Increased Russian Gas Exports Effects on United States
The United States introduced a new round of sanctions specifically targeting foreign companies investing in the development of Russia’s energy sector. These punitive measures have thrown a wrench into Russian gas giant Gazprom’s financing mechanism for the construction of a natural gas pipeline, Nord Stream 2. If constructed, Nord Stream 2 would span from the Russian Coast to Germany, bypassing existing natural gas pipelines routed through Ukraine.
Gazprom has forged on inspite of these sanctions, with officials publicly committing to negotiations of new financing mechanisms to continue development. Despite being marketed as a supply-driven response to the decline of domestic natural gas production in Western Europe, Nord Stream 2 signifies greater geopolitical significance to the Russian grand strategy. The rationale that demand in European markets for foreign gas exports exceeds supply is disproven by the Gazprom energy transit pipelines that are currently running under-capacity.
It is unlikely that Nord Stream 2 would increase the amount of Russian gas exports to Europe. Once the guise of commercial interest falls away, the issue becomes distinctly geopolitical.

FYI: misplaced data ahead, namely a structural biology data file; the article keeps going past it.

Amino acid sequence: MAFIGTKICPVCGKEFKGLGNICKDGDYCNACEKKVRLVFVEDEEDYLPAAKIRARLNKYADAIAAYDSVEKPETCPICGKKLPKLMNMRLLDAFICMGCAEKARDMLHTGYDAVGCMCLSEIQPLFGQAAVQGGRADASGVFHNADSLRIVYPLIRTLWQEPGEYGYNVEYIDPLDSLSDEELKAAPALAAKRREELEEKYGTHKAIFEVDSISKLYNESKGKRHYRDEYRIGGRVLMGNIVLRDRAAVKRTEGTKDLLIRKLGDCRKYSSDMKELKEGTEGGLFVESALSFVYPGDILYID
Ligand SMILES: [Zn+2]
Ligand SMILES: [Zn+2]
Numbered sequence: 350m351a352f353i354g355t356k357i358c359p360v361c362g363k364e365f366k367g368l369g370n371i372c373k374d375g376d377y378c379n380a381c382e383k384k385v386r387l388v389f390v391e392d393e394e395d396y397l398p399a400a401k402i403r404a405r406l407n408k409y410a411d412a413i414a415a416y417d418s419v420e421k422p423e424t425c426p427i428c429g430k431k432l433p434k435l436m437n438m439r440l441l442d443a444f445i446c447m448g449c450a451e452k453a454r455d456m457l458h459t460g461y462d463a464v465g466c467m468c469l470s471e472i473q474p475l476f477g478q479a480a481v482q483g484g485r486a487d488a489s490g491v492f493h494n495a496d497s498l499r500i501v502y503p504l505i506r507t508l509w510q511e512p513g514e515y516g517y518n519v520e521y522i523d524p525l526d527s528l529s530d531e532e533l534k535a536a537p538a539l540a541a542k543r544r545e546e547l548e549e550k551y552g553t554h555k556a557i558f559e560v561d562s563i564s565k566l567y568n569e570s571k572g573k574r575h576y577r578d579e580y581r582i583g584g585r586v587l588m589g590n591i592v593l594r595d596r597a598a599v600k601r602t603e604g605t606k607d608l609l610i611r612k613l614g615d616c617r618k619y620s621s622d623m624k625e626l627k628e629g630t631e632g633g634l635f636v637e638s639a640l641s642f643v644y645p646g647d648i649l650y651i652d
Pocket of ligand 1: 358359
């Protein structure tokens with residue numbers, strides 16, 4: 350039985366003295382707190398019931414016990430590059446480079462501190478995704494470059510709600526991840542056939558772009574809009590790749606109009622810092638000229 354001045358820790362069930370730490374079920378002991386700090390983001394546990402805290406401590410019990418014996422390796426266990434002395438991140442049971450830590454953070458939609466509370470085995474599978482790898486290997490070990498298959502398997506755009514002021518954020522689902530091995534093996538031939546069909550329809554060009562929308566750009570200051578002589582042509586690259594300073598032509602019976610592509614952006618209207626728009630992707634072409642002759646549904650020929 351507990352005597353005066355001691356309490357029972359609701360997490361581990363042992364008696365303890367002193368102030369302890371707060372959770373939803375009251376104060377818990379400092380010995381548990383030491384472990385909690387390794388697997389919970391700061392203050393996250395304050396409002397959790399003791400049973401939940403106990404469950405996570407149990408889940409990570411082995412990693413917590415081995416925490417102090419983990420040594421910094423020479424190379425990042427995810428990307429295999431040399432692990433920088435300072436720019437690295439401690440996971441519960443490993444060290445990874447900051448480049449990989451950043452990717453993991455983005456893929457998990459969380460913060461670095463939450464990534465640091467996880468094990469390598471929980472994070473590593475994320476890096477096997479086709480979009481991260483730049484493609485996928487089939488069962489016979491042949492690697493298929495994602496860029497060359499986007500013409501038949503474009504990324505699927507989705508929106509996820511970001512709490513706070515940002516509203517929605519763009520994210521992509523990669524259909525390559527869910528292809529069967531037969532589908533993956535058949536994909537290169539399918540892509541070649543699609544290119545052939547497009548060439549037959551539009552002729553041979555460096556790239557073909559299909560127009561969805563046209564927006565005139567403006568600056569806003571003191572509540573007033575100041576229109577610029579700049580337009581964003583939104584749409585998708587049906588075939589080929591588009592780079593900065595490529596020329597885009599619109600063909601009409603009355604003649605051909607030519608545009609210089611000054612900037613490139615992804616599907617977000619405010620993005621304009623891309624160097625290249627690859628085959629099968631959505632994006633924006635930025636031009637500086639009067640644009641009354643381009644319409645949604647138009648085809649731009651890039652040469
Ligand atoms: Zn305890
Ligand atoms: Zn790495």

Most of Russian natural gas runs through pipelines routed through Ukraine. Russia is investing billions into redundant infrastructure to divert gas transit out of Ukraine. This shift in infrastructure has severe consequences, depriving Ukraine of billions of dollars in transit fees during a period of heightened domestic economic restructuring.
Shifting energy infrastructure out of Ukraine would allow Russia to up the ante, increasing aggression towards Ukraine without incurring the cost of disruption in gas exports to Europe. Russian-Ukrainian energy relations have always been tense.
Ukraine has strived to reconcile an energy-intensive economy with a lack of a domestic energy source. This structural mismatch has kept Ukraine dependent on Russian natural gas for the past two decades. Russia used Ukraine’s gas dependency to force Ukraine’s political interests to line with a broader Russian agenda.
The usage of artificially low priced Russian natural gas was a bargaining chip that forced Ukraine to make strategic concessions such as the signing of the Kharkiv. Breakdowns in negotiations over gas pricing in 2004 and 2009 led to Russia punitively ending natural gas transit through Ukraine. Ukraine did not begin seriously diversifying its natural gas portfolio until after the Maidan revolution and subsequent change in leadership in 2014.
European leaders should put aside their own ambitions and acknowledge Russia’s agenda. The construction of Nord Stream 2 is a measure devised by the Kremlin to ensure that conflict with Ukraine doesn’t harm Russia’s energy exports indicating greater Russian aggressionism is in the cards.
Given Russia’s tendency to exploit the natural gas dependency of its neighbors, Europe’s reaction has been inexplicable. Germany has thrown its support behind the pipeline’s construction, due to its interest in transforming Germany into an energy hub. Strengthened economic relations between Germany and Russia spells trouble for Ukraine, a country that is currently amid a civil war with separatists armed by the Russian Federation.